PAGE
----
Hladky shoot-out heroics ‘written in the stars’ following death of best friend Sural
St Mirren boss Oran Kearney felt it was “written in the stars” that goalkeeper Vaclav Hladky would be the club’s penalty shoot-out hero in their Ladbrokes Premiership play-off win over Dundee United.
The 28-year-old Czech goalkeeper was left heartbroken last month after best friend Josef Sural was killed when his bus crashed after playing for Turkish club Aytemiz Alanyaspor.
However, there was delight for Hladky after his three penalty saves, following a 1-1 draw after extra time in Paisley, helped the Buddies to a 2-0 win which retained their top-flight status.
Kearney said: “You get that gut feeling when it goes to extra time.
“It has been well-documented that Vaclav has had a tough time in the last couple of months and sometimes you just feel things are written in the stars and I was very confident when it went to penalties.
“I just thought he had the big saves in him.
“I am delighted for him on a personal level and that type of performance probably puts him down in history.”
After the sides had fought out a goalless draw at Tannadice on Thursday night, United attacker Nicky Clark scored from the spot in the 23rd minute, before Saints forward Danny Mullen levelled three minutes later.
There were no more goals after the break, nor in extra time, with Saints substitute Duckens Nazon given a straight red card by referee John Beaton after 114 minutes for his aerial challenge on United defender Mark Connolly.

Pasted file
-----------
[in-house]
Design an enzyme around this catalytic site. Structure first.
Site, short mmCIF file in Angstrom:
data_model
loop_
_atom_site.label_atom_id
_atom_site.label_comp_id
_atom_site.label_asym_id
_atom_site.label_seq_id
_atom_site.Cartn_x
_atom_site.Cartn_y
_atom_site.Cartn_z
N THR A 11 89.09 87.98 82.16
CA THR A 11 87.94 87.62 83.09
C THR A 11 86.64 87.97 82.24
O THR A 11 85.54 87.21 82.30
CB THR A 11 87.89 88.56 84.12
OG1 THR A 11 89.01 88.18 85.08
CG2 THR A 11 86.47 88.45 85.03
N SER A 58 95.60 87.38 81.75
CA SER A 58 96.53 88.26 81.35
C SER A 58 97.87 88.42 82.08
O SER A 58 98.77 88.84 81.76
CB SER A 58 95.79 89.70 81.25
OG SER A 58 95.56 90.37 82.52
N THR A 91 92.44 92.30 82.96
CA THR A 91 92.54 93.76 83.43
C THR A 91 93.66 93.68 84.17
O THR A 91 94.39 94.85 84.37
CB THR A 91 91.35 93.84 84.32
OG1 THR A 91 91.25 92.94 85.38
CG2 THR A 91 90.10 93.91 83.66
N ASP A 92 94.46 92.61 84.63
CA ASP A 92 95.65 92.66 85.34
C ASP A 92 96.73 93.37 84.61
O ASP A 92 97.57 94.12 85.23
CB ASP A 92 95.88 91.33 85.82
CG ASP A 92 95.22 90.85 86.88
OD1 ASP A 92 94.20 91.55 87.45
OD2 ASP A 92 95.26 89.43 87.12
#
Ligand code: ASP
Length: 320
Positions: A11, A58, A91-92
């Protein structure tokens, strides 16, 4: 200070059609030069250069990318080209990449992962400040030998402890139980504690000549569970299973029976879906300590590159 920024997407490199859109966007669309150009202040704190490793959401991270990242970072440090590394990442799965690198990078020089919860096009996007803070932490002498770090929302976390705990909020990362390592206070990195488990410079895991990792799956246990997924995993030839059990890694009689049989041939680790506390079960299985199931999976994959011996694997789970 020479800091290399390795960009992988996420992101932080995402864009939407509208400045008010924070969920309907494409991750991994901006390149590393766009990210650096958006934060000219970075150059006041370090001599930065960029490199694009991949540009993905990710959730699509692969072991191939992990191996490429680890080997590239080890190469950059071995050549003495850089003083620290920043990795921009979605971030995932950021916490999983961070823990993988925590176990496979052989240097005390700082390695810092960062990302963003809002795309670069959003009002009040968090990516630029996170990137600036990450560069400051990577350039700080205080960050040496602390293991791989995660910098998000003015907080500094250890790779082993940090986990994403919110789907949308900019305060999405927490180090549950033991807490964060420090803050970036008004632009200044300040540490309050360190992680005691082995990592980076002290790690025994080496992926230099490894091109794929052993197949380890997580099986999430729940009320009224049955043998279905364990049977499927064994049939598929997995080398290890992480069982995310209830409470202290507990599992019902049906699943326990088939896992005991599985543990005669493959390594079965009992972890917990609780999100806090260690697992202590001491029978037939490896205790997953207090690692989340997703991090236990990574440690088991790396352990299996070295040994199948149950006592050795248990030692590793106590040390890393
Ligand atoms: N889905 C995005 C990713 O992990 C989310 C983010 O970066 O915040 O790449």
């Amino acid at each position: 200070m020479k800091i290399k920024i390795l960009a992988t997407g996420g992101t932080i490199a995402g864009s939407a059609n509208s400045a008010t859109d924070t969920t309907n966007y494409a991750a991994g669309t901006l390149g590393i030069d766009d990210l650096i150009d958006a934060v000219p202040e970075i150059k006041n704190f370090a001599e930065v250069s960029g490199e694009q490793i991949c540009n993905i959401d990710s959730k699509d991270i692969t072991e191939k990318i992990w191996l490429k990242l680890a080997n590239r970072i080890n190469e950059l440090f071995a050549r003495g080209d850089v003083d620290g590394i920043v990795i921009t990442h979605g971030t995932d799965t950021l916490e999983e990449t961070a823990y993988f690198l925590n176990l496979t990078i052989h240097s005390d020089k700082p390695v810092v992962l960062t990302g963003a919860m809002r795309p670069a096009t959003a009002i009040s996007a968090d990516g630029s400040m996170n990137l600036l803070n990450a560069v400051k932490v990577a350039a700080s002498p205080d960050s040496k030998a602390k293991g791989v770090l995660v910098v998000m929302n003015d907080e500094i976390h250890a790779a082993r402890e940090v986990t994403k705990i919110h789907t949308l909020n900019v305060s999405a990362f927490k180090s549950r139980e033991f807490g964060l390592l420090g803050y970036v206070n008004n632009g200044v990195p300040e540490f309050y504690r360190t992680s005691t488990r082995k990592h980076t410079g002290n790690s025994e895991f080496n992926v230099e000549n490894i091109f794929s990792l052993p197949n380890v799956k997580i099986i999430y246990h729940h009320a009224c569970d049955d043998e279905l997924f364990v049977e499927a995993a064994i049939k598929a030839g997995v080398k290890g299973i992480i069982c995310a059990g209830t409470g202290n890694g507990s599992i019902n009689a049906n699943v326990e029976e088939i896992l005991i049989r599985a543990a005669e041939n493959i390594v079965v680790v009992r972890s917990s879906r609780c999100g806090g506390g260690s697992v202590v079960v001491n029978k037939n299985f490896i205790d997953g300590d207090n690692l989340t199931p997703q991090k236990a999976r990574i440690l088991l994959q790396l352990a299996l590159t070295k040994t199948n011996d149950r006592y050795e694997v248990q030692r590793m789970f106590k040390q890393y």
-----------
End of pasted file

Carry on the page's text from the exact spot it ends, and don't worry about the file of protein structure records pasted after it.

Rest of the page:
In the tension-filled shoot-out, Hladky made saves from Peter Pawlett, Pavol Safranko and Callum Booth, with Osman Sow hitting the post.
Paul McGinn and Mihai Popescu scored for the home side, which ultimately rendered Mateo Muzek’s strike against the post as irrelevant.
Kearney, who took over from Alan Stubbs after just four league games, brought in a whole new team of players in January and he believes it could be 10 years before his squad realise the magnitude of their achievement.
“I said in the dressing room after the game that firstly, it was credit to the players who have been here all season and also credit to the players who came in in January,” he said. “Between us we managed to gather some momentum at the right time of the season and carry that through.
“I don’t think they will realise what an achievement this is for months, years. It might be five, 10 years down the line when they really understand the turnaround we had this season and what it led to today. I am delighted for everybody at the club.”
United boss Robbie Neilson revealed his side did practise penalties beforehand.
He said: “It is the cruellest way to lose a game of football.
“It was very evenly matched over two games and extra time and it came down to penalties and ultimately someone has got to lose it. Unfortunately today it was us.
“We missed the first one, it gives them a lift and they score it and put the pressure on.
“We practised a number of times for the final, the semi-final, but there is different pressure.
“But credit to St Mirren, they scored their penalties, most of them.
“It is part of football, somebody has to lose. Unfortunately it was us.”